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What are the SEO benefits of RSS?


1:28 pm on Apr 23, 2006 (gmt 0)

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Hi all,

With my limited knowledge on the subject, all I know is that syndication is 'really good' for websites as it helps increase their popularity. What actually 'really good' is in technical and SEO terms. I think I get the 'popularity' bit as more people would have access to my website's content but aren't there disadvantages at the same time? For example if another website one or more items from my RSS feed, they would also qualify in terms of PR, using my own keywords (in other words competing with my website)!?

Another thing still unclear in my head is what type of content should go in as an item in the RSS file? I.e say a website with a subject of sightseeing in Egypt: There would be several categories under sightseeing such as 'nile crouse', 'pyramid of giza', 'Neferchichi's Tomb ' etc. Say each of these attractions were listed on a seperate page. Is it these pages that an RSS should contain? Obviously not every page on the website would worth syndicating, but how do we get to choose which pages are applicable/suitable.

Any thoughts welcome - and please correct me if I am wrong somewhere!


2:11 pm on Apr 30, 2006 (gmt 0)

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My take on feeds is that they are great in the sense that they get your content 'out there' using an established network that to some extent is distinct from the normal methods (in particular searches on SEs).

The downside, from an SEO point of view, is that it is even more dependant on relevancy and freshness than traditional approaches.

So you increase your reach, but have to invest more in terms of interesting and updated content. After all a feed is meant to be used to send changeable data to a user, as opposed to the tradtional method of searching to see what's out there. The classic example of this is of course news headlines. The attraction of a feed (for a user) is that you can see the most up to date stuff at a glance. The challenge for someone like yourself is to have that data updated regularly enough that it is attractive.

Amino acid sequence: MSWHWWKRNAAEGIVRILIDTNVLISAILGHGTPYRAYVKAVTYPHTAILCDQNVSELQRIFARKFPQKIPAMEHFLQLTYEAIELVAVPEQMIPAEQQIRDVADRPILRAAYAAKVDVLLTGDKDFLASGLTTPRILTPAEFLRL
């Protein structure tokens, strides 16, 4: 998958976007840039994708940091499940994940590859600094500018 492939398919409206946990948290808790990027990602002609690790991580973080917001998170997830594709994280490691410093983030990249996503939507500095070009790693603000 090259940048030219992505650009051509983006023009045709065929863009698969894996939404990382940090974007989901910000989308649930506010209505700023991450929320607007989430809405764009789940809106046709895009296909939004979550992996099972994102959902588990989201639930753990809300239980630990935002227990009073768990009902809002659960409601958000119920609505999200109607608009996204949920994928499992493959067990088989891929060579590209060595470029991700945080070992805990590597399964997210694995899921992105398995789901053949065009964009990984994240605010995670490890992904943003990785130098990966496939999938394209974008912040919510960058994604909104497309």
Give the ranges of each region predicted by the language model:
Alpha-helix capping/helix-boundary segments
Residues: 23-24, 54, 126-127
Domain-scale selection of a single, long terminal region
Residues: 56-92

In my view it is a mistake to assume it works in the same ways as traditional SEO (a source of extra links etc). The overhead of finding fresh material may not be offset by extra visitors.

That said, it does no harm, which makes it attractive from an SEO point of view.

I think the best advice for how to use RSS for SEO purposes is to use it as it was intended, namely a channel for information, and not an end in itself. Using RSS for a list of product pages, for example, is boring to end users, and unlikely to find subscribers. An RSS feed used to publicise commissioned articles is much more useful.

1:11 am on May 4, 2006 (gmt 0)

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I agree with Zoltan: the purpose of an RSS feed is to get updated, newsy content out to users (either in their own aggregators or as links on other sites). It's not primarily an SEO tool. If you don't have content that can keep being updated, it's probably not worth doing.

For your Egyptian example, you could do "New tour of Aswan", "Museum changes hours", or even "updated Luxor page".


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